Fulvestrant

Diagram of the molecular structure of Fulvestrant
Brand name: Faslodex®
IUPAC: 13-methyl-7-[9-( 4,4,5,5,5-pentafluoropentylsulfinyl)nonyl]- 7,8,9,11,12,13,14,15,16, 17-decahydro- 6H-cyclopenta[a] phenanthrene-3,17-diol
FDA approval: Yes
Usage:

Fulvestrant is used to treat postmenopausal women with estrogen receptor positive metastatic breast cancer that has progressed after treatment with antiestrogen therapy. Fulvestrant is given as an injection once a month.1

  • 1. Chu, E., & DeVita, V. T. (2015). Physicians' cancer chemotherapy drug manual 2015. Burlington, MA: Jones & Bartlett Learning.
Mechanism:

Fulvestrant (Faslodex®) is an estrogen receptor antagonist. It binds reversibly to estrogen receptors instead of estrogen. Therefore, even though estrogen is still made, it is unable to trigger cancer cell growth because the receptors are blocked. The drug also leads to a decrease in the concentration of receptors present in cells.1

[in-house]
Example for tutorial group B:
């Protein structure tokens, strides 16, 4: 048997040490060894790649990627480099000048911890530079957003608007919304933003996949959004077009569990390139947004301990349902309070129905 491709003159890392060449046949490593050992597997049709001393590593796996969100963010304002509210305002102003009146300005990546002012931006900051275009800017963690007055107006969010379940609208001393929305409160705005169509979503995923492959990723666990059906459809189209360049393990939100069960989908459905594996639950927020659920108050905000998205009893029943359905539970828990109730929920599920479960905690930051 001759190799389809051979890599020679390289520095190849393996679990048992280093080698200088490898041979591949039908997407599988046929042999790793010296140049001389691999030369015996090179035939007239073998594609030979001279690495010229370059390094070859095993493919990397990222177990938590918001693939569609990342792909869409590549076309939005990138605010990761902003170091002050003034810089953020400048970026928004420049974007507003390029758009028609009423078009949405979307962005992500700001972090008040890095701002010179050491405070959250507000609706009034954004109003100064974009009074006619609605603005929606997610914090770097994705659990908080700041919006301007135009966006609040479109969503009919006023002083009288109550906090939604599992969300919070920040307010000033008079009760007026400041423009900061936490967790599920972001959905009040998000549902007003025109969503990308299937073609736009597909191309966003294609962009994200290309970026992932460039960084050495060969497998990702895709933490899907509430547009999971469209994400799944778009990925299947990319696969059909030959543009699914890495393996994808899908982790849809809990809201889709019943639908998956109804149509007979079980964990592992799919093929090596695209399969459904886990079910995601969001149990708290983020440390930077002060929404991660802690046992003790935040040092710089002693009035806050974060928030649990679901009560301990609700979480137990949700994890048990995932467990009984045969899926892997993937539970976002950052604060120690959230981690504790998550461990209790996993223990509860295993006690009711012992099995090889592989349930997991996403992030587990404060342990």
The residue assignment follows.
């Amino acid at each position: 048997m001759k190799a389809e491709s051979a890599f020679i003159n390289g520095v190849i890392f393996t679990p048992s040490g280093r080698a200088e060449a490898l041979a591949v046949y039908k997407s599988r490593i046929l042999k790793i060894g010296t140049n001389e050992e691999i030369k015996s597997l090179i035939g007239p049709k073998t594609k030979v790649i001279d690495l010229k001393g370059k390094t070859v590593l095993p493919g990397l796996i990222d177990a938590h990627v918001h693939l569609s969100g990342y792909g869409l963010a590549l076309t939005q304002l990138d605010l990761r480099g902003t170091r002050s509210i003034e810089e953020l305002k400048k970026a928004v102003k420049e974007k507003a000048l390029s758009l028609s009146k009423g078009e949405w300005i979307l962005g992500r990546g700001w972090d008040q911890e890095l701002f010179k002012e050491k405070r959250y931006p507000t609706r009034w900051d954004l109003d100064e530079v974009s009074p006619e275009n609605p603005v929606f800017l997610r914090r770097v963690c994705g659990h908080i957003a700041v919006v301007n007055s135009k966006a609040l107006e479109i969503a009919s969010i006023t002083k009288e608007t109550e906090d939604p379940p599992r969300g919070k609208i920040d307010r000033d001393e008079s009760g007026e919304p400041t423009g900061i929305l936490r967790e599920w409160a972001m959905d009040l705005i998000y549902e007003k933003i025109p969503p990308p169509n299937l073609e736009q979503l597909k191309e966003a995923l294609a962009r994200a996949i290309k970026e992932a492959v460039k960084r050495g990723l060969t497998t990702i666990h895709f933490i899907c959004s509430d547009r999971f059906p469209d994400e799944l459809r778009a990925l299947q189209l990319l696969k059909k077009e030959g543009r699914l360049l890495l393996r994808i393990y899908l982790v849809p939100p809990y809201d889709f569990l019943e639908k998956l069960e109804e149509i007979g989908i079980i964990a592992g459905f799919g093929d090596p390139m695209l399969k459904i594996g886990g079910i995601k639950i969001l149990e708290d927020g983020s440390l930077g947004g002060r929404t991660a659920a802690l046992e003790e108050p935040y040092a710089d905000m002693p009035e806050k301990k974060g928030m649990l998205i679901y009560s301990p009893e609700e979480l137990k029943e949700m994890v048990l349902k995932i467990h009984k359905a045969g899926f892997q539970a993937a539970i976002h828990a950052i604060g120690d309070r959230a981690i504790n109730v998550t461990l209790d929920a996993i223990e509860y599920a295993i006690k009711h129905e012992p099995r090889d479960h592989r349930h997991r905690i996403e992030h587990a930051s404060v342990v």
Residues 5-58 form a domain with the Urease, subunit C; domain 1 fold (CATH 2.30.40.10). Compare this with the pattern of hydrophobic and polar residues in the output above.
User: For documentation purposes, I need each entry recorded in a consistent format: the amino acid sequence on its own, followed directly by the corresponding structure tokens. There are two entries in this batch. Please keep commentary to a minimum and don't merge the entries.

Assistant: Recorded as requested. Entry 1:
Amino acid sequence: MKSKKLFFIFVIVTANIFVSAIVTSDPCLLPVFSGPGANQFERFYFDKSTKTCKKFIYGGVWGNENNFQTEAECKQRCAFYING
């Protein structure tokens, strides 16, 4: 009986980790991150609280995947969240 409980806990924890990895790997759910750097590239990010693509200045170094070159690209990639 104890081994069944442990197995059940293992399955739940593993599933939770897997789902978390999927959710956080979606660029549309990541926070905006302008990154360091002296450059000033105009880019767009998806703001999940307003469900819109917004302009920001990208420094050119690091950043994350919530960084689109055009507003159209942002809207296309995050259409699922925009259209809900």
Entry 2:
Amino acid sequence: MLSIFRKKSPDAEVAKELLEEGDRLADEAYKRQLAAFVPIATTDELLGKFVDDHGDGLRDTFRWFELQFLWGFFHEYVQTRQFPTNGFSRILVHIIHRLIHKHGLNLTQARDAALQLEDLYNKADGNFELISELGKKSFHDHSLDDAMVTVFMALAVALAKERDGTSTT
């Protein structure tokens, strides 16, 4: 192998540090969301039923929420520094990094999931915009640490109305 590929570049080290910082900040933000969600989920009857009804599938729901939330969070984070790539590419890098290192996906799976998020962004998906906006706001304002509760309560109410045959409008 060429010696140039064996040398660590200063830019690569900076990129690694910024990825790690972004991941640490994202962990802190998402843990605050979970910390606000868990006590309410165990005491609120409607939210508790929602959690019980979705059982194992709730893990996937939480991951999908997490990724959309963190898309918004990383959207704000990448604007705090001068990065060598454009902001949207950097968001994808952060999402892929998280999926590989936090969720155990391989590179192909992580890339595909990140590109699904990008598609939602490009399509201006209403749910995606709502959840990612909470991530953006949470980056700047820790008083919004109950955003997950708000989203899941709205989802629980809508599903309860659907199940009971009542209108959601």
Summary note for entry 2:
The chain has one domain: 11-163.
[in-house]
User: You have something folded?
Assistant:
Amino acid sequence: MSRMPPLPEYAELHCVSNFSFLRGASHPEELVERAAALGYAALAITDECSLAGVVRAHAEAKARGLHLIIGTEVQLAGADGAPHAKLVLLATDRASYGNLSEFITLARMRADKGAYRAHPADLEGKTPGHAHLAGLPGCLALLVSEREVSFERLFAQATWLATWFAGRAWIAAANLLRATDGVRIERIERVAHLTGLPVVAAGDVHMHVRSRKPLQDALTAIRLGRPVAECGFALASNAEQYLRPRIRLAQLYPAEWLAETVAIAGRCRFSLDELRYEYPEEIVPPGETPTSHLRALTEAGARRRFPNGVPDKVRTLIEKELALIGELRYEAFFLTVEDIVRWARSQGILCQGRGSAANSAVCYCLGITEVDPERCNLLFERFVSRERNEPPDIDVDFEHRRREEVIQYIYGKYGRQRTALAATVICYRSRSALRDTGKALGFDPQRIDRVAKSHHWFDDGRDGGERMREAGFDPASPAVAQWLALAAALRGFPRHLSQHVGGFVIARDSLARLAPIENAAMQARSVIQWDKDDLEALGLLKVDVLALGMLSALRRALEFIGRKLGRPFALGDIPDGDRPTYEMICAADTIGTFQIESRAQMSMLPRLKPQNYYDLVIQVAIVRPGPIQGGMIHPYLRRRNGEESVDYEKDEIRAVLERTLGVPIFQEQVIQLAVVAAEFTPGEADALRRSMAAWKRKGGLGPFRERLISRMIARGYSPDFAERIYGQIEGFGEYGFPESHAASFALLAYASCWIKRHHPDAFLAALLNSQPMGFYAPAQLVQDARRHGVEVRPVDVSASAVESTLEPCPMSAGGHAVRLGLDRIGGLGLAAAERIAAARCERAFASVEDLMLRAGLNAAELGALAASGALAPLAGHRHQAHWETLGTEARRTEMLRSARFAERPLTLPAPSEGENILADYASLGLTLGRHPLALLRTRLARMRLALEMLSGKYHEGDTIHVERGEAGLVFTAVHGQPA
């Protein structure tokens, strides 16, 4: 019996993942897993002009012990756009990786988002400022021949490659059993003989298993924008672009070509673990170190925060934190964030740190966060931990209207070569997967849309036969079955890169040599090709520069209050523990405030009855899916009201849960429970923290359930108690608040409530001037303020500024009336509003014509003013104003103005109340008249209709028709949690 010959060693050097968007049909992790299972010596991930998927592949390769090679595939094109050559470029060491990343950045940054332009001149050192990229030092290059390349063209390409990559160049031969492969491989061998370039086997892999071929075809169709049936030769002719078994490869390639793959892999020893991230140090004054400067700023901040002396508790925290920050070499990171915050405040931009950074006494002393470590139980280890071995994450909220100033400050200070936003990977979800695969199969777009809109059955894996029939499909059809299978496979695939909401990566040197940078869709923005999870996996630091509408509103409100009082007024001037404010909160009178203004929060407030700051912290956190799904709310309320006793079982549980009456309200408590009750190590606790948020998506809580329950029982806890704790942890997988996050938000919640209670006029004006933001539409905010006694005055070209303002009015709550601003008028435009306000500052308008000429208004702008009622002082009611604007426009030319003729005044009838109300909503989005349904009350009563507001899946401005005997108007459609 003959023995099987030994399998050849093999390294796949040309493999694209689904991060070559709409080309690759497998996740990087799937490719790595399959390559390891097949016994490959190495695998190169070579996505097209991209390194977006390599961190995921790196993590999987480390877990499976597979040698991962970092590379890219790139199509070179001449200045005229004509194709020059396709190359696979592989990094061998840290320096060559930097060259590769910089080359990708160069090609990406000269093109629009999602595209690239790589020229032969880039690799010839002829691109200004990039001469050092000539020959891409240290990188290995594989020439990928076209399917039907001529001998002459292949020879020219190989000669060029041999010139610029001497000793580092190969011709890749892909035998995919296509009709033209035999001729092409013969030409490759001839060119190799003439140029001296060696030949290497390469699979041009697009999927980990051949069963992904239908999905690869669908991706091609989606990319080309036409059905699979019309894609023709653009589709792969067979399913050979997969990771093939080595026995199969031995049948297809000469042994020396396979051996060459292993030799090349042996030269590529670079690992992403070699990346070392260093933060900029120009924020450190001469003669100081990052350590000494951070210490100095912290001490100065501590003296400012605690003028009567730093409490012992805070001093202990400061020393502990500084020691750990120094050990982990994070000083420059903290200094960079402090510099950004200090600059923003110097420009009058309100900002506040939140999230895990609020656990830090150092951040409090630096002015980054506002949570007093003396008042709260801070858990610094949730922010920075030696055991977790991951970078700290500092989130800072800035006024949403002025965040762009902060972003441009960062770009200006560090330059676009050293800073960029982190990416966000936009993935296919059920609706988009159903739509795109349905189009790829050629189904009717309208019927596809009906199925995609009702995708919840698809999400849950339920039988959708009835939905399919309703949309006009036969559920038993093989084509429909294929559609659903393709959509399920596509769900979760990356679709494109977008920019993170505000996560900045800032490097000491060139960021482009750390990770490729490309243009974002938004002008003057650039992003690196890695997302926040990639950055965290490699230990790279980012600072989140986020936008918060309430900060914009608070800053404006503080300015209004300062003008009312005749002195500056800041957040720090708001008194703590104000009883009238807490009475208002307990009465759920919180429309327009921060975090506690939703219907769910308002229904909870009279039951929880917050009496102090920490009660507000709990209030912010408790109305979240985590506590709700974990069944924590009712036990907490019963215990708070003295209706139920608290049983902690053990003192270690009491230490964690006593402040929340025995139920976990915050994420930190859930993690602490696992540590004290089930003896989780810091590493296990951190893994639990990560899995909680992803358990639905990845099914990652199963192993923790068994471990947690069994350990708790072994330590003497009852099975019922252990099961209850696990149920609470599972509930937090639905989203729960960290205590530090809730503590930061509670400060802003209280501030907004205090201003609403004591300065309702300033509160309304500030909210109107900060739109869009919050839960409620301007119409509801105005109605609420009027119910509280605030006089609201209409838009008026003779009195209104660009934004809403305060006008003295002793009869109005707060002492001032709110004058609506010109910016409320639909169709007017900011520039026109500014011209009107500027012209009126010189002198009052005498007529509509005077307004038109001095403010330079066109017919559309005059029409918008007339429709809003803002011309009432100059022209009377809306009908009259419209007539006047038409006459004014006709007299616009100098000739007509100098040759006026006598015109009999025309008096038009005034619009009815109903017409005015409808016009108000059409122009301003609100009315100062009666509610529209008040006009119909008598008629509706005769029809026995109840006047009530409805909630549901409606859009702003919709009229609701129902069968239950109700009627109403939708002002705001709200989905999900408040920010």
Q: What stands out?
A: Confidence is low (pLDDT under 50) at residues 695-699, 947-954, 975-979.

Fulvestrant

The structure above shows the 3D molecular structure of Fulvestrant.

 

  • 1. Chu, E., & DeVita, V. T. (2015). Physicians' cancer chemotherapy drug manual 2015. Burlington, MA: Jones & Bartlett Learning.
Side effects:

Common side effects include nausea, vomiting, constipation, diarrhea, abdominal pain, headache, back pain, hot flashes, sore throat. Patients should not become pregnant while being treated with Fulvestrant as it may cause harm to the unborn child.1

  • 1. Chu, E., & DeVita, V. T. (2015). Physicians' cancer chemotherapy drug manual 2015. Burlington, MA: Jones & Bartlett Learning.
Contraindications:

Breastfeeding should be avoided in patients nursing infants. Patients with bleeding diatheses and thrombocytopenia should use extreme caution.1

  • 1. Chu, E., & DeVita, V. T. (2015). Physicians' cancer chemotherapy drug manual 2015. Burlington, MA: Jones & Bartlett Learning.